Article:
26 Feb 2024

Police search for bodies of Luke Davies and Jesse Baird continues in remote area south-west of Sydney

2:58 pm on 26 February 2024

By Murray Olds and Isobel Roe, ABC

Luke Davies, 29, and his partner Jesse Baird, 26.

Luke Davies, left, and Jesse Baird are believed to have been murdered last Monday. Photo: Supplied / Instagram

Police allege an angle grinder and weights were bought after the disappearance of Sydney couple Jesse Baird and Luke Davies as the search for their bodies continues.

Police have confirmed they are searching a private property on Hazelton Road at Bungonia, two hours south-west of Sydney, where a new crime scene has been established in the remote location south of Goulburn.

Police divers have also been called in to help and are back in the waters, searching several dams on the property.

Twenty-eight-year-old Police Constable Beau Lamarre-Condon has been charged with two counts of murder over the men's deaths.

Lamarre-Condon is a former partner of Baird.

The search of the property was suspended overnight and resumed on Monday.

The area under investigation is hundreds of kilometres away from the initial search locations in Sydney and Newcastle.

Deputy Commissioner Hudson said a padlock and angle grinder were allegedly purchased at a local department store near Bungonia, and weights from a department store last Wednesday.

Police divers scoured a small waterway in suburban Newcastle on Saturday for evidence as a wider search continued for the bodies of the two men.

It is alleged Baird and his partner Davies were killed last Monday by Lamarre-Condon in a Paddington home in Sydney's eastern suburbs.

Detectives have searched the property a number of times as they look for clues to the suspected murders of Baird, a presenter at the Ten television network, and Davies, a Qantas flight attendant.

Detectives returned to Baird's Paddington home, where large amounts of blood were found last week, as part of their investigations on Sunday.

A number of floral tributes have been left outside the house.

Police Commissioner Karen Webb said investigators were "working around the clock" to resolve "many unanswered questions" relating to the case but could not comment further as the matter was before the courts.

Police said they believed Lamarre-Condon was in Newcastle on Thursday night prior to handing himself in to a police station in Sydney on Friday morning.

They said their priority was to locate the bodies of the two men and establish a timeline of movement in relation to a white van that was hired from Mascot on Monday evening.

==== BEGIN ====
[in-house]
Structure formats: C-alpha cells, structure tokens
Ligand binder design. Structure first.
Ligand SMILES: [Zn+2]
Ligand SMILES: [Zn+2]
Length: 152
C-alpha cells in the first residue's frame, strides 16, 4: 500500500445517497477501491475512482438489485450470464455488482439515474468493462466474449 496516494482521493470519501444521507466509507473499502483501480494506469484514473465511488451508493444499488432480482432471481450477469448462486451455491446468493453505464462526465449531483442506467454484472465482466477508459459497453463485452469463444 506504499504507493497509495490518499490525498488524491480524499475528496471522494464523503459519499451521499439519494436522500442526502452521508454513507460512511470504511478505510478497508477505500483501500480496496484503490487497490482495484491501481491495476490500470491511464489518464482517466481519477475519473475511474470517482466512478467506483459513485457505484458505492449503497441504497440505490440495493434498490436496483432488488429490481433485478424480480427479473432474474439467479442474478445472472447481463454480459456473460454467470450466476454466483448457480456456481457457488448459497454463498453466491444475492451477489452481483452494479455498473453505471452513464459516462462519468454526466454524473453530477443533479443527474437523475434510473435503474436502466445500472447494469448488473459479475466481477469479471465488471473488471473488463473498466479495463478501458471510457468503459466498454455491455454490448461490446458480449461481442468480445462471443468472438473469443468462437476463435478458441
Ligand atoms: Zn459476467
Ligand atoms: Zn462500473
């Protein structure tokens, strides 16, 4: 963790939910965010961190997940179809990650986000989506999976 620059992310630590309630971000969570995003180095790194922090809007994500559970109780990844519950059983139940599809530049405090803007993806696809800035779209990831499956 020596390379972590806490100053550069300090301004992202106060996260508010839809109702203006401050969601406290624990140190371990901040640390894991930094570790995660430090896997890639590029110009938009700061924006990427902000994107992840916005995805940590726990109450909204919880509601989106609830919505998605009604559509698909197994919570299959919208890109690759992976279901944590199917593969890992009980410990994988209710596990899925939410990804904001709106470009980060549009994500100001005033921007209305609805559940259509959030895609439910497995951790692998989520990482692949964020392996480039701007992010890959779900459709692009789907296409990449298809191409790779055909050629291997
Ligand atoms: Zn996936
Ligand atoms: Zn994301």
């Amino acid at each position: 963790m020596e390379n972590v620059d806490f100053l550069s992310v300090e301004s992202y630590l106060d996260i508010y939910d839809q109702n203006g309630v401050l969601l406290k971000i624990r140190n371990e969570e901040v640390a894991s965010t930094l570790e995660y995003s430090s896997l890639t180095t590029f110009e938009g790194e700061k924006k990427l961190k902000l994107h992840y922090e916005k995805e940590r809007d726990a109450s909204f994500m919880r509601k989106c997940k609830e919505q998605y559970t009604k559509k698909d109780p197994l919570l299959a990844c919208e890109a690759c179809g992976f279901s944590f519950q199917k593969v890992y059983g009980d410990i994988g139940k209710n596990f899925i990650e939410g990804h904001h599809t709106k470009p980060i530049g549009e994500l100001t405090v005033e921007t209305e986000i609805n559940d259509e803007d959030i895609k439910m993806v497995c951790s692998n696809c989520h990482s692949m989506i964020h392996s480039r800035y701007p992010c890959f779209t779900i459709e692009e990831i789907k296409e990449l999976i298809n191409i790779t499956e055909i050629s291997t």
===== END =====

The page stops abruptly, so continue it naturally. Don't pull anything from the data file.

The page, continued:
Detective Superintendent Daniel Doherty from the Homicide Squad said a projectile and casing found in Baird's Paddington home was a ballistic match to a police-issued handgun and although no bodies had been found the men were believed to be dead.

Police alleged the men were killed in the Paddington home and said a "strong" line of inquiry was that the police handgun was discharged at that property.

Independent review into NSW police firearm access

Webb called on any witnesses to come forward to "help those families understand where their loved ones are and what happened".

"Police are working around the clock and we still haven't found the bodies of Jesse and Luke, and there's someone out there that knows where those bodies are and they still haven't led police to where they are," Webb said on Monday.

Webb also revealed the system around police accessing and storing firearms would be independently reviewed by her Victorian counterpart to give "the public confidence that we are taking this seriously".

"This has been declared a critical incident and the investigation will be overseen by the Law Enforcement Conduct Commission so the circumstances in this case will be addressed," she said.

"But I have sought the assistance of Victorian Chief Commissioner Shane Patton to help NSW Police review rules around access and storage of firearms more broadly."

Webb also supported police marching this weekend in Sydney's Gay and Lesbian Mardi Gras parade.

There were suggestions the police force should not march because a serving officer was charged with the murder of the couple last week.

"It would be awful for the officers who are looking forward to participating in Mardi Gras to not march, and so I certainly hope that NSW Police will be able to march.

"We've been marching for 20 years and our participation is part of our restoration with the community and I think it's very important."

Premier Chris Minns agreed, saying many LGBTQIA+ officers were serving in the force and had suffered discrimination because of their sexuality.

"They've stuck with the NSW policing as a profession and they march in the Mardi Gras as a demonstration of the fact that they are police officers and that's their sexuality," Minns said.

"Yanking their invitation would be a regressive step and probably not indicative of the fact they've gone through a lot to be a police officer and we're glad they're in the NSW Police force."

This story was originally published by the ABC.